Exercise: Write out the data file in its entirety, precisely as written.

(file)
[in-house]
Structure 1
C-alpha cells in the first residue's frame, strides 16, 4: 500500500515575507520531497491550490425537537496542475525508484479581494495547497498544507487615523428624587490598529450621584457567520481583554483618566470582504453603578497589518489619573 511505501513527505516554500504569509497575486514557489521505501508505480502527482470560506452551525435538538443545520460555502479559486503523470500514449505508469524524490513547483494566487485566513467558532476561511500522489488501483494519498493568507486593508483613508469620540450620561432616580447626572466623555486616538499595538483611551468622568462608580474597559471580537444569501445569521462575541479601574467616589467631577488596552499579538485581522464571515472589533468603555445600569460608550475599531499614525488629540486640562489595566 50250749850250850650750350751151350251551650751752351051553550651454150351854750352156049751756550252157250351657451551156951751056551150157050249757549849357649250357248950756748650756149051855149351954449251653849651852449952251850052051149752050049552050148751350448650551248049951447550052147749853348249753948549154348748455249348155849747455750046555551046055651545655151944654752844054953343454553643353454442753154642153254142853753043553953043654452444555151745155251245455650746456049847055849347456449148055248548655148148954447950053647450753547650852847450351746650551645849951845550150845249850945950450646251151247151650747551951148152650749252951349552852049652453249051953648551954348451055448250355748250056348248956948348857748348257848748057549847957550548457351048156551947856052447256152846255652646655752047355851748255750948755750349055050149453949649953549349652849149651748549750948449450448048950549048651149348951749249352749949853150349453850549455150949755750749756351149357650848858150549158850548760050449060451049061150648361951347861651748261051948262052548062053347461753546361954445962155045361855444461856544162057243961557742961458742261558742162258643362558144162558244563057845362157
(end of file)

[in-house]
Structure 1
C-alpha cells in the first residue's frame, strides 16, 4: 500500500515575507520531497491550490425537537496542475525508484479581494495547497498544507487615523428624587490598529450621584457567520481583554483618566470582504453603578497589518489619573 511505501513527505516554500504569509497575486514557489521505501508505480502527482470560506452551525435538538443545520460555502479559486503523470500514449505508469524524490513547483494566487485566513467558532476561511500522489488501483494519498493568507486593508483613508469620540450620561432616580447626572466623555486616538499595538483611551468622568462608580474597559471580537444569501445569521462575541479601574467616589467631577488596552499579538485581522464571515472589533468603555445600569460608550475599531499614525488629540486640562489595566 50250749850250850650750350751151350251551650751752351051553550651454150351854750352156049751756550252157250351657451551156951751056551150157050249757549849357649250357248950756748650756149051855149351954449251653849651852449952251850052051149752050049552050148751350448650551248049951447550052147749853348249753948549154348748455249348155849747455750046555551046055651545655151944654752844054953343454553643353454442753154642153254142853753043553953043654452444555151745155251245455650746456049847055849347456449148055248548655148148954447950053647450753547650852847450351746650551645849951845550150845249850945950450646251151247151650747551951148152650749252951349552852049652453249051953648551954348451055448250355748250056348248956948348857748348257848748057549847957550548457351048156551947856052447256152846255652646655752047355851748255750948755750349055050149453949649953549349652849149651748549750948449450448048950549048651149348951749249352749949853150349453850549455150949755750749756351149357650848858150549158850548760050449060451049061150648361951347861651748261051948262052548062053347461753546361954445962155045361855444461856544162057243961557742961458742261558742162258643362558144162558244563057845362157